By the President of the United States of America
Of all the illnesses threatening our. older citizens, Parkinson's disease is one of the most devastating. One in forty Americans past middle age may be afflicted. The human as well as monetary costs are virtually incalculable.
Ten years ago, when the first proclamation of National Parkinson Week was issued and signed into law, a diagnosis of Parkinson's disease was usually accompanied by advice to the family that little could be done. Today, there is much that can be done, and prospects are steadily improving. Advances in drug treatment have put many disabled workers back on the job and have enabled many retirees to live their normal lives. For some, the change has been a real miracle.
However, the battle is not over. Drugs can control the symptoms of Parkinson's disease, but they do not cure or arrest it. Since the cause is still unknown, prevention is not possible. Scientists are working constantly to find the cause. We must support them so the spectacular research momentum of the past ten years can be sustained.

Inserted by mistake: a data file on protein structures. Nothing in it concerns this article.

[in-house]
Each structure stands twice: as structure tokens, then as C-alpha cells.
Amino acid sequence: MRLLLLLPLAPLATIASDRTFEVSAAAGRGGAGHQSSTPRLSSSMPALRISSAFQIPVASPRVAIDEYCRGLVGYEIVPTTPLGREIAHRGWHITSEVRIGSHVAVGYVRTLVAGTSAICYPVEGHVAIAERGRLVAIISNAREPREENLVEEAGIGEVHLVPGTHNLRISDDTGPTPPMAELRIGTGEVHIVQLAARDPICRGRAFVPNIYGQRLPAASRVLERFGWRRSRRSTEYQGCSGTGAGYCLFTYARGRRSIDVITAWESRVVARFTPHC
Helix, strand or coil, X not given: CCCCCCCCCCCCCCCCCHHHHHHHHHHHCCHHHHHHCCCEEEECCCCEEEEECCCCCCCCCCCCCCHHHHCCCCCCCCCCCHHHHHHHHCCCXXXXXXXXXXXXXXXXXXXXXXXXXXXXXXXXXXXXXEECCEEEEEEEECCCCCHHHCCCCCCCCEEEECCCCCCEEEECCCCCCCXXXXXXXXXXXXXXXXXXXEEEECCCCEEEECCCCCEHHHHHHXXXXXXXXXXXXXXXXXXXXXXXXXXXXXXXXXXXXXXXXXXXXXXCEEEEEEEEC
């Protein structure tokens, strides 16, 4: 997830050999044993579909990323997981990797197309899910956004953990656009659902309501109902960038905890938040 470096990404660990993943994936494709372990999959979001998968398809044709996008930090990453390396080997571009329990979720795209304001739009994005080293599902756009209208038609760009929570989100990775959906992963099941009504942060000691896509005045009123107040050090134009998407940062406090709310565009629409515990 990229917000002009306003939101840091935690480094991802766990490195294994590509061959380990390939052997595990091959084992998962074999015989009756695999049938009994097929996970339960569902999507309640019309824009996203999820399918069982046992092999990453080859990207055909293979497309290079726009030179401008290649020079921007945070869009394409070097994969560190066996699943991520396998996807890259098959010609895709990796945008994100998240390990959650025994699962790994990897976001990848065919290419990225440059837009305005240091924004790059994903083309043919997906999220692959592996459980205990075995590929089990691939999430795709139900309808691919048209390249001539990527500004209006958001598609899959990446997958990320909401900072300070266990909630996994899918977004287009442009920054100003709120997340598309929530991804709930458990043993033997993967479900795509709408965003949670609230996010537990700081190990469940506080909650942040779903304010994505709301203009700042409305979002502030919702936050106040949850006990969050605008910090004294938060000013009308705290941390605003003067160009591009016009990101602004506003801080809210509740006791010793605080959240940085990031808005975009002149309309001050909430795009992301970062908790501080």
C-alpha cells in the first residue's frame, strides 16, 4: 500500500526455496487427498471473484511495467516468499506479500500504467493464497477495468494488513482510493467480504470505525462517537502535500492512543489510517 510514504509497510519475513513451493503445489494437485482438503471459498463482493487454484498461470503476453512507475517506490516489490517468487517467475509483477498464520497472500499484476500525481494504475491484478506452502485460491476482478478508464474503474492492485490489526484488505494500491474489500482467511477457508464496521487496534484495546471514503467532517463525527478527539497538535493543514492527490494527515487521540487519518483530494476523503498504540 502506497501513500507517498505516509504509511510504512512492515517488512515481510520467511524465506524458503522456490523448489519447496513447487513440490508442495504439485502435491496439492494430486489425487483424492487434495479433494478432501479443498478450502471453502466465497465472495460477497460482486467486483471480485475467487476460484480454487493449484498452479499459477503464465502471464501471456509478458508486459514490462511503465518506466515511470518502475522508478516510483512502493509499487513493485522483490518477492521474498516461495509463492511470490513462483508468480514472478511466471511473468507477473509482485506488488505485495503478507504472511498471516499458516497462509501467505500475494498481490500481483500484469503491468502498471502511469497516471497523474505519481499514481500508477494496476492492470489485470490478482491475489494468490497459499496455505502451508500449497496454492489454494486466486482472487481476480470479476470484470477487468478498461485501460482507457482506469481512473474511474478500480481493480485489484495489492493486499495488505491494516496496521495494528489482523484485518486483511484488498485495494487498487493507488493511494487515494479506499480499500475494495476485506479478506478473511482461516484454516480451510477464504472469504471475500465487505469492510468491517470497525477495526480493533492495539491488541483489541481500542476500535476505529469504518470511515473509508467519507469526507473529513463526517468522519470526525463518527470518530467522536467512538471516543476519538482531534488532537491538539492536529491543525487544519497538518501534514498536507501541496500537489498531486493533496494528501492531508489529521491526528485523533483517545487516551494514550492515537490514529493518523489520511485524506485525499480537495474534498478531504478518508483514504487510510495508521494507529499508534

Now, Therefore, I, Gerald R. Ford, President of the United States of America, do hereby proclaim the week of October 26, 1975, as National Parkinson Week. I urge physicians, scientists and government and private agencies concerned with Parkinson's disease to sponsor activities designed to inform every American of the need to continue the struggle and the need of their support.
I invite the Governors of the States and appropriate local government officials to support National Parkinson Week activities, and I urge the Nation's mass communications media to join in encouraging all Americans to heed the message.
In Witness Whereof, I have hereunto set my hand this twenty-fifth day of October, in the year of our Lord nineteen hundred seventy-five and of the Independence of the United States of America the two hundredth.
GERALD R. FORD